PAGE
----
Select Committee on Science and Technology Written Evidence


Memorandum from Professor N J Rothwell, former member of the MRC Task Force on the NIMR

  As background, I served as a Council member of MRC from October 2000 until July 2004. During that time I chaired two of the boards (Physiological Medicine and Infections 2000-02, Neuroscience and Mental Health 2002-04), I served on many other boards including Strategy, Awards advisory, Training and careers development, Clinical trials and Animals in research. I chaired many reviews of MRC units and some institutes. I was a member of the Forward Investment Strategy (FIS) group which initially considered the future of MRC's institutions (which included NIMR). I was not a member of the subsequent Task Force but discussed its progress and recommendations at council.

  I will comment on two aspects of the review—the process and the recommendations.


  This is one of the most extensive, rigorous and consultative reviews of science in the UK that I have observed. It involved many UK and international scientists, national consultations and direct and regular involvement of NIMR staff. The Chief Executives of MRC, and most probably Professor Blakemore, made numerous visits to NIMR, and many Council members including myself had extensive discussions with NIMR Staff collectively and individually (I visited NIMR twice). Leading international advisors were engaged, and I understand that the NIMR representatives initially agreed to accept the recommendations of the Task Force. Members of Council, FIS and (I understand) the Task Force entered discussions without preconceived ideas, and were all heard equally. There have been suggestions that there was a predefined "agenda" from within MRC head office—I had absolutely no experience of this at any time, and believe that such suggestions are completely unfounded.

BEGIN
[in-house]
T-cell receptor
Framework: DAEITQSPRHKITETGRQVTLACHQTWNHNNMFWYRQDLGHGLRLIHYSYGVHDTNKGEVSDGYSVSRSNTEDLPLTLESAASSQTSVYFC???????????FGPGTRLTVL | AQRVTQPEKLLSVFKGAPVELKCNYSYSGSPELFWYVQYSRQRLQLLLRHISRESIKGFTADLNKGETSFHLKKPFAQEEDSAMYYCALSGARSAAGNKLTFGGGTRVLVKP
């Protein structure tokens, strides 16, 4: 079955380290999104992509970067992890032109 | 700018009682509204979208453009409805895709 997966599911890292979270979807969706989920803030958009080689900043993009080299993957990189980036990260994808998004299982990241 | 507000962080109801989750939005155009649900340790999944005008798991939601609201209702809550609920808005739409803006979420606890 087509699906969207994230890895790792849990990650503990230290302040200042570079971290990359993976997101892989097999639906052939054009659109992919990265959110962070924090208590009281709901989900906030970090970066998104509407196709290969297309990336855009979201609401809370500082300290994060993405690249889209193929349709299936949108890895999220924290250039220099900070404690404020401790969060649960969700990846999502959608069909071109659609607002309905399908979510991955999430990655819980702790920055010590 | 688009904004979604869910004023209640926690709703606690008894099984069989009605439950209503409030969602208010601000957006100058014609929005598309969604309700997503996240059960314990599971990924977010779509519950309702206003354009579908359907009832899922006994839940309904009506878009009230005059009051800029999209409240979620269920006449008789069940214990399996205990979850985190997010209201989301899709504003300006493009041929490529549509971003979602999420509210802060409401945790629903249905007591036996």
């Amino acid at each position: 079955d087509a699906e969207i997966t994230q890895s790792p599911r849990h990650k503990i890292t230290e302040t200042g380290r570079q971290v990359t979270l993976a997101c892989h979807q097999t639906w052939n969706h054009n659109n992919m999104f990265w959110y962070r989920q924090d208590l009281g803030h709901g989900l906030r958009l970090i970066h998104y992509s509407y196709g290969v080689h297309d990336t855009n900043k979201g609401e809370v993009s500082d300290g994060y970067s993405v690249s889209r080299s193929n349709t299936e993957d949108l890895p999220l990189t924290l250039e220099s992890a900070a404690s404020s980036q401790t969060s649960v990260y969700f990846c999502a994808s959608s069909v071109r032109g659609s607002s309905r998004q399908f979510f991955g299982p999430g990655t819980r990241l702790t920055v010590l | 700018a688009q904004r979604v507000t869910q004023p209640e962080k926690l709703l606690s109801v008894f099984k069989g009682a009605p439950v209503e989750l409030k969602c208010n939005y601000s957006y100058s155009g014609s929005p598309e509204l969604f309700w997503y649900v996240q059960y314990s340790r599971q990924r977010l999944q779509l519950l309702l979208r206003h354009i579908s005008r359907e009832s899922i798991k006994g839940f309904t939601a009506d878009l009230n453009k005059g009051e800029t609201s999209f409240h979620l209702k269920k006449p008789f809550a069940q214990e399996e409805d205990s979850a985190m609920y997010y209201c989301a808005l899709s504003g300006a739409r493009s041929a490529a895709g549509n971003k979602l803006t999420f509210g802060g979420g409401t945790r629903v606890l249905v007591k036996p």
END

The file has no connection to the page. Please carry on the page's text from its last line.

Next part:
There is no easy solution to the future of NIMR—as the many hours, days and weeks of discussion have revealed. I fully understand the concerns of staff at NIMR—relocation will inevitably be disruptive, but is undertaken quite frequently in the commercial sector. I believe that the principle of the recommendations is well founded—for the future of NIMR, and most importantly for the future of biomedical research in the UK. Indeed it is critically important to consider NIMR in the national context. It is increasingly difficult to maintain "stand alone", major research facilities which require significant underpinning infrastructure. The very name National Institute for Medical Research indicates that the majority of the research should be medical or medically related. I recognise interactions with clinical colleagues particularly in London is arduous, but my own experience of clinical research is that it is very difficult without a direct and geographically close relationship with a medical school and teaching hospital. I believe that the future success of NIMR depends on its close proximity to a major University, Medical School and hospital.

  I visited NIMR twice during my membership of FIS. It was then that I saw the distance they were from central London and the poor state of some of their laboratories and general infrastructure. The future costs of maintaining NIMR were very much secondary to discussions at MRC, but are not trivial. I cannot imagine how MRC can meet the real investment needed to maintain the position of NIMR as a leader in biomedical research.

  Finally, I would comment that NIMR is an extremely important and valuable part of MRC's research portfolio, but the time and effort expended on what I believe has been an essential, though difficult review, is now starting to threaten MRC's other work. The difficult discussions and recommendations made recently may have been better undertaken 10 years ago. If they are not made now, they will need to be revisited regularly in the near future.

16 November 2004

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